Using native ferns adds a unique texture to a landscape design. Ferns can look magnificent in mass plantings and are a best pick for low spots on a property or drainage areas. Plants native to the south are always a good choice because they are adapted to living in our southern climate and this rule holds true for ferns as well. You can increase your chances of success by planting native.
Native ferns are ideal for a woodland garden and while they do need moisture, some can tolerate dry periods. All will require shade and relief from our hot Georgia sun. If you have a dry garden but still would like to include native ferns in your plan try planting them around your air conditioner drain or at the base of a gutter downspout.
Here are a few fern varieties which are suitable for cultivating in a garden:
Christmas Fern – 1-2′. Christmas Fern is a hardy native evergreen fern with leathery, glossy, green fronds. Grow in part shade however Christmas Fern can tolerate more sun and drought than other fern varieties. This native fern forms clumps and is ideal for borders, as woodland path edging or to use on shady banks for erosion control. In spring you can cut back the growth from last year to force new growth.
Cinnamon Fern – to 4′. Cinnamon ferns are a particularly handsome variety with a tall, stately appearance. This native fern is grows naturally along creek edges, swamps and in wetlands. The fronds produce two distinctly different colors and textures. A cinnamon colored fertile, plume like frond grows through the center of the plant, giving the plant its name. Surrounding the center frond are larger, green, sterile fronds. The contrast between the two colors results in an attractive plant which brings height and texture to a landscape design. Spreads by rhizomes and will form colonies
Lady fern, wood ferns and hay scented ferns are similar in look and care requirements. They are lacy and delicate, bringing a calm feel to a garden design. All are deciduous and require shade and adequate water although can tolerate short dry spells.
Hay Scented Fern – 18″. Hay scented fern is named due to the hay like fragrance it gives off when the foliage is bruised. A shorter variety of native ferns, hay scented is a pretty fern for a shady area and works well as a ground cover. Be aware that hay scented fern can become invasive so plant it in areas you need filled out and where it won’t run over other plants. Best when grown along creek edges, in a drainage ditch or along ponds banks.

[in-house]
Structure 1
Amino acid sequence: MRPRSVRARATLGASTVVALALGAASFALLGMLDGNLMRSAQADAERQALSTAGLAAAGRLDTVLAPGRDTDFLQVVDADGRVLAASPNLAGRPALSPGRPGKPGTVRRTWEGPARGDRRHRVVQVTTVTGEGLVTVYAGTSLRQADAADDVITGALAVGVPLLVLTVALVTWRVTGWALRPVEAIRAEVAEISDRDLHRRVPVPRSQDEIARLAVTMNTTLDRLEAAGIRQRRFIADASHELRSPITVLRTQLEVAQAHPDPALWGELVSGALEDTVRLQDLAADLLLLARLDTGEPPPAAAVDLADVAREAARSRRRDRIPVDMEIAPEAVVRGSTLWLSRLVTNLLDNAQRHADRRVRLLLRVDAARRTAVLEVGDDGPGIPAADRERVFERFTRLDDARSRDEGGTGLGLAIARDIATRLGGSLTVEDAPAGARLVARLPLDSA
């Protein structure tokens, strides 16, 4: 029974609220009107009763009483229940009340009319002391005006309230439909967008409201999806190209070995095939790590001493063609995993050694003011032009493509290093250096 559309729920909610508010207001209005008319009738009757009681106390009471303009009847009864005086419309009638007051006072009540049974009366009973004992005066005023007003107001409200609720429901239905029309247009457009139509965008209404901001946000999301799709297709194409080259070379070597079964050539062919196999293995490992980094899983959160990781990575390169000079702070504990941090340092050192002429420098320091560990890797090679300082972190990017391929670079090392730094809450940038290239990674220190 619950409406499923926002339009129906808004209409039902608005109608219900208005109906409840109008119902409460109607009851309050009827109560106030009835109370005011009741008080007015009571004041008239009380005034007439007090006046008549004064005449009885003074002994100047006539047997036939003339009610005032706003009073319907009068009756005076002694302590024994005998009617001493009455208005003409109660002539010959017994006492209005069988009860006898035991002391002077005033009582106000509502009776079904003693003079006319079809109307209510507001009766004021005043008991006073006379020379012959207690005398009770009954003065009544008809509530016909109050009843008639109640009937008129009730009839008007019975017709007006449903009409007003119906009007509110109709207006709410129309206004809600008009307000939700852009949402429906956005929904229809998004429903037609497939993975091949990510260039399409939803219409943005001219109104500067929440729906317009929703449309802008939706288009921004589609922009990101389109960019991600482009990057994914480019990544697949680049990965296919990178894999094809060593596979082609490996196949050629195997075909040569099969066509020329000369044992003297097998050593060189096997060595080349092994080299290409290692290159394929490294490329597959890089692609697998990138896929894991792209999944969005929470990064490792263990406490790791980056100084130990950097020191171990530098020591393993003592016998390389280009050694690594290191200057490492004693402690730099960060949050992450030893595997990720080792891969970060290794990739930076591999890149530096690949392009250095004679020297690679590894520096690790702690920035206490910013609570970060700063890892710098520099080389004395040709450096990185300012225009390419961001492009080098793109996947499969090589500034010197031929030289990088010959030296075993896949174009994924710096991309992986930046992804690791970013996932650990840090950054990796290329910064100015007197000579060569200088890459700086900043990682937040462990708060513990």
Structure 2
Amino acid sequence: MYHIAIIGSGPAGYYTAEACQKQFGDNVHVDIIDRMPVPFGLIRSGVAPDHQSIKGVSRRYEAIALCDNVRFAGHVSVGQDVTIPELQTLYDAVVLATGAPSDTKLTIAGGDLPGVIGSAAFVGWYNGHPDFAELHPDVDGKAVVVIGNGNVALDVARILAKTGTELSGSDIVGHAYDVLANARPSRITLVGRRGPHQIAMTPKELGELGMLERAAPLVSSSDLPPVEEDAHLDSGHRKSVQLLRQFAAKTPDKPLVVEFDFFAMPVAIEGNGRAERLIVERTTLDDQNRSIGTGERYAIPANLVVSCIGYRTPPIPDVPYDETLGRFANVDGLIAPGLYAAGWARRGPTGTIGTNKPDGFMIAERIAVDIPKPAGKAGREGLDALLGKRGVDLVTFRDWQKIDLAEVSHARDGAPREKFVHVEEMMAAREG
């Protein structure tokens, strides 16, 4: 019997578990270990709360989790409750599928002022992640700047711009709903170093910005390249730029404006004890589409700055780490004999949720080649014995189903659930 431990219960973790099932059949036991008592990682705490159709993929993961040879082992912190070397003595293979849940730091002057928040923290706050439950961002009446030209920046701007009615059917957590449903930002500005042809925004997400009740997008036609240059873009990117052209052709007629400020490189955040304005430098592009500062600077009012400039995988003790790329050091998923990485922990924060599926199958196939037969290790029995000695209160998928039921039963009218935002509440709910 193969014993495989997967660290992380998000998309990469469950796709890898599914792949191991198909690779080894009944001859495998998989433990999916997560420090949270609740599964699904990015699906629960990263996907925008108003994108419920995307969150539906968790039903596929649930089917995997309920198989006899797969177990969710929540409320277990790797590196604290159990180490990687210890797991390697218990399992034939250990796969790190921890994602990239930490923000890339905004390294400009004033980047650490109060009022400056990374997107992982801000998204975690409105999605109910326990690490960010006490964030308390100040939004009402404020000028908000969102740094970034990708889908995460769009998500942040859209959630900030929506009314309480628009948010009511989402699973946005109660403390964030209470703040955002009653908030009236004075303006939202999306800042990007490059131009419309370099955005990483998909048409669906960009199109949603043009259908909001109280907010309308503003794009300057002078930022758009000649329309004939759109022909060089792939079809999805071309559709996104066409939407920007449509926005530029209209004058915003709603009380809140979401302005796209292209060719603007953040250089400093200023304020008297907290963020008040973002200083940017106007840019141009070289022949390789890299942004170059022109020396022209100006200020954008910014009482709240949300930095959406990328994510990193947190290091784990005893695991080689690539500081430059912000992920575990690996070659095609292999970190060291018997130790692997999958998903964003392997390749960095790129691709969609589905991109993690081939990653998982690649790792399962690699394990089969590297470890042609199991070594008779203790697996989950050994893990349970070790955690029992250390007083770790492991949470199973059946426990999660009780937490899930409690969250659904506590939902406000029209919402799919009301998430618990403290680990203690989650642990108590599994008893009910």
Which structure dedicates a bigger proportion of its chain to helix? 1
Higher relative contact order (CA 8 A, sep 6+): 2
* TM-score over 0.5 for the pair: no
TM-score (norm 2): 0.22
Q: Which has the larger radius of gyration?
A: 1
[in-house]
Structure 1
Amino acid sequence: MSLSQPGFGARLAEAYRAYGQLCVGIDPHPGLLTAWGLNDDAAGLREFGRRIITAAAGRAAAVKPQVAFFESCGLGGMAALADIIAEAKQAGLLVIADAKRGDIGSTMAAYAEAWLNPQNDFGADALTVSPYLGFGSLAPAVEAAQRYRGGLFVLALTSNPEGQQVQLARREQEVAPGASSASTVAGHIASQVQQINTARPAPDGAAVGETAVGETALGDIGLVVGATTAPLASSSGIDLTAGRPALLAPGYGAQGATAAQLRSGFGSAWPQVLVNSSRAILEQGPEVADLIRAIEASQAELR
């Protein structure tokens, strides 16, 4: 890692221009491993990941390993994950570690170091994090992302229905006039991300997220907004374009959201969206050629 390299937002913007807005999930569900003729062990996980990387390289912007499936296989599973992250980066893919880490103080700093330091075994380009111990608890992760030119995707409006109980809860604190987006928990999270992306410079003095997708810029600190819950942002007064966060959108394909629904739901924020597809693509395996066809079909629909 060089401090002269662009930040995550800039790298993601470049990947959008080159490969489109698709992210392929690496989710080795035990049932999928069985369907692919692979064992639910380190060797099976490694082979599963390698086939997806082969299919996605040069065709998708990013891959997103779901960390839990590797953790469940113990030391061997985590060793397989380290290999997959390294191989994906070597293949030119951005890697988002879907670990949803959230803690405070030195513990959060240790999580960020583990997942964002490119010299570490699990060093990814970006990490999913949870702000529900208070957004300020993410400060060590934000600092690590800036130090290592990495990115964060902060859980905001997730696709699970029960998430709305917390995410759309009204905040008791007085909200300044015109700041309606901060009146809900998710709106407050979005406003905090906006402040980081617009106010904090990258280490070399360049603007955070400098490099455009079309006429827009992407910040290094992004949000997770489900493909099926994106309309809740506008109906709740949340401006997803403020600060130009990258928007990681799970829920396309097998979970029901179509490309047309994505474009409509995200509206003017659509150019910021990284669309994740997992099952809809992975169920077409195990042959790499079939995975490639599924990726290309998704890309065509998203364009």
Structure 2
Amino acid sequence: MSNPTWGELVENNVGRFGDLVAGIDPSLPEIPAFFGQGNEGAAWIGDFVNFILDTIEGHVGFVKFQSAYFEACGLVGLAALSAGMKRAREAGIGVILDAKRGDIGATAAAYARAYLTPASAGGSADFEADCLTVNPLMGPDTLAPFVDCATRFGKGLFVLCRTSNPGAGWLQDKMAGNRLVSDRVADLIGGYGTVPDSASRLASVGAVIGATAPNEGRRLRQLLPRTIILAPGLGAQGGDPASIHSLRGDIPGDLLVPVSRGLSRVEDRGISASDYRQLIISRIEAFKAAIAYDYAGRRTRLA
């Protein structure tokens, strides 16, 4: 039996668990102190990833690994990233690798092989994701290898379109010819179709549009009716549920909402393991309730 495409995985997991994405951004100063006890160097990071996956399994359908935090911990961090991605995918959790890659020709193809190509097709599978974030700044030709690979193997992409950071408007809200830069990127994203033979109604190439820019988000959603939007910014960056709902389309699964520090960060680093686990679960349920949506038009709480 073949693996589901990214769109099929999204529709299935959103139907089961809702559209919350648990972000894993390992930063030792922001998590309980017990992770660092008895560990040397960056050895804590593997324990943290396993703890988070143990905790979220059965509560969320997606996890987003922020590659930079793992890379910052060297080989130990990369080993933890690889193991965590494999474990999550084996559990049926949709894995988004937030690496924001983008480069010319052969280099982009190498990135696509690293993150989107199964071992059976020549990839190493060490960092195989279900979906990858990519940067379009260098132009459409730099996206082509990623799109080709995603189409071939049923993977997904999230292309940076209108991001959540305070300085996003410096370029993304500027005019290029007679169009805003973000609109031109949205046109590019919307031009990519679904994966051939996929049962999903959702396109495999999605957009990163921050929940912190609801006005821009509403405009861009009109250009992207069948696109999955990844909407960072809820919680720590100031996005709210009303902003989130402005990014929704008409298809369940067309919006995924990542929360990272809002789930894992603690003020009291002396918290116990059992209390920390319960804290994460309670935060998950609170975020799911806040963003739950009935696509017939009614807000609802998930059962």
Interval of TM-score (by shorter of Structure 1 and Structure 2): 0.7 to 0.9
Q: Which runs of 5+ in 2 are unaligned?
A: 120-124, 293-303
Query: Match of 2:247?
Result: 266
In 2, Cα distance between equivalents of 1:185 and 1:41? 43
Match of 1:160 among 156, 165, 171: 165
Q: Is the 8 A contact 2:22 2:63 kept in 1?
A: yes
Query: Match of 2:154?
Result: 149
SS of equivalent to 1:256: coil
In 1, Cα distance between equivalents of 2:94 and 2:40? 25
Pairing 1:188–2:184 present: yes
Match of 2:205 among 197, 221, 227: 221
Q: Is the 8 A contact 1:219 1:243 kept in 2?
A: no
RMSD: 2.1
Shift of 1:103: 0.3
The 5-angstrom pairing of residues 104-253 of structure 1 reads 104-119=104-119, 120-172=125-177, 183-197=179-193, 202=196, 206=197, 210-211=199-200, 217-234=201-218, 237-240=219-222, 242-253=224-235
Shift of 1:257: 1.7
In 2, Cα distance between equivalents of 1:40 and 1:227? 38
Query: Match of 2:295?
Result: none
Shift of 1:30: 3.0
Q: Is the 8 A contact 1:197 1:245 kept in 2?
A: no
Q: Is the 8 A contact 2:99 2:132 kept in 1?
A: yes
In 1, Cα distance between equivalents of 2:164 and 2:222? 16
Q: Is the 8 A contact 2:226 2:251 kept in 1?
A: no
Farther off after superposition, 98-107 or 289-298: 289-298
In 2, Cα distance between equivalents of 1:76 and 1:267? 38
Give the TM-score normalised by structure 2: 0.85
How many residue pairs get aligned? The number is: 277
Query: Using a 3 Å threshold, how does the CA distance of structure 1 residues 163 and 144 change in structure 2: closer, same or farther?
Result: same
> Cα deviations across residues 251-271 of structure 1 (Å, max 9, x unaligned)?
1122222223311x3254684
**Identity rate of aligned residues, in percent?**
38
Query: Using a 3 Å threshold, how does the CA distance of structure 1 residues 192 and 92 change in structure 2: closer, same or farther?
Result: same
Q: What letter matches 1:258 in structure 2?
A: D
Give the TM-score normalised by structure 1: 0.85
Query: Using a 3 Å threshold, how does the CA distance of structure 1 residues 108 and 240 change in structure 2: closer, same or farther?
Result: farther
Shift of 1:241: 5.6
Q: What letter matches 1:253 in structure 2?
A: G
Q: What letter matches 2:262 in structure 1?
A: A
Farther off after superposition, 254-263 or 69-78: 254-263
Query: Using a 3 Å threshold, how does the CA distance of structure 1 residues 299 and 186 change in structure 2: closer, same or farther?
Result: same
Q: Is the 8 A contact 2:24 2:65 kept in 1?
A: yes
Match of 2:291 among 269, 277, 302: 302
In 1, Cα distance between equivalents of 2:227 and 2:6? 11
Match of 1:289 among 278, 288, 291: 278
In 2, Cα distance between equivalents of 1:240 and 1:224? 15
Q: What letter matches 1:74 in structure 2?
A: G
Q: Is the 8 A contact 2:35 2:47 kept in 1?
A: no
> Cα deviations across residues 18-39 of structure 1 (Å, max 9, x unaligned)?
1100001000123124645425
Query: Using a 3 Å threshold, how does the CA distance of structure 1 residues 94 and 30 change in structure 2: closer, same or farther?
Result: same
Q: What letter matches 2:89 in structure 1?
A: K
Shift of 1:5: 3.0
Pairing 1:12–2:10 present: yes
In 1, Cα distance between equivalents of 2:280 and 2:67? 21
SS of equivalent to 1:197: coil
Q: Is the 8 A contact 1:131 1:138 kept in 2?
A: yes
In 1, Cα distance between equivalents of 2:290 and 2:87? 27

Lady Fern – 2′-3′. The new fronds and stems of lady fern are red in color which contrasts nicely with the bright green foliage. Lady fern has an airy appearance and does well when planted between shrubs or to add height to a shade garden. Clump forming, spreading habit. Requires medium moisture and partial shade.
Wood Fern – 3′-4′. A taller native fern for shade with dark to golden green fronds and delicate stems. It is the tallest of the Dryopteris fern family native to North America. Wood fern may be distinguished by its large size and the backward arching, oblong fronds which taper abruptly toward the tips. Grows well in Georgia in a partly shady garden and medium moisture.
Maidenhair Fern – 1-2′. Maidenhair is a deciduous, clump forming fern with pretty, finely textured, fronds, The foliage has an almost frilly appearance and spread like fingers at the top of the stalks. Stalks are reddish brown to black and feature a slight curve. Grow in moist shade.
Ostrich Fern – 3′-6′. A tall, showy native fern which which typically grows 2-3′ tall in cultivation but may reach 6′ tall in the wild. Ostrich fern is a clump forming, rhizomatous, deciduous fern with a vigorous growth habit. It may become invasive under the right conditions. Ostrich fern is ideal for growing in ponds or fountains to achieve a taller height. To avoid it becoming invasive plant this fern in a container before setting it in a water feature.
Royal Fern – 2′-3′. One of the largest ferns in non-tropical North America, Royal Fern commonly grows in clumps to 2-3′ tall but with constant moisture may grow to reach 6′. The unusual fronds shape gives this fern an almost pea family look. Spore producing inflorescence grow through the center of the plant and rise over the top, resembling groups of flowers, which is where it gets the common names of Flowering Fern.
Sensitive Fern – 3′-4′. Sensitive fern is an unusual looking fern with large leaflets. It earned the name Sensitive Fern from the fact that it can be sensitive to drought and requires moisture. Sensitive Fern has narrow growing conditions of shade and water and may become invasive in its ideal habitat. It can be kept under control in dryer conditions. Sensitive Fern is a best pick for filling drainage areas or wet spots in the garden.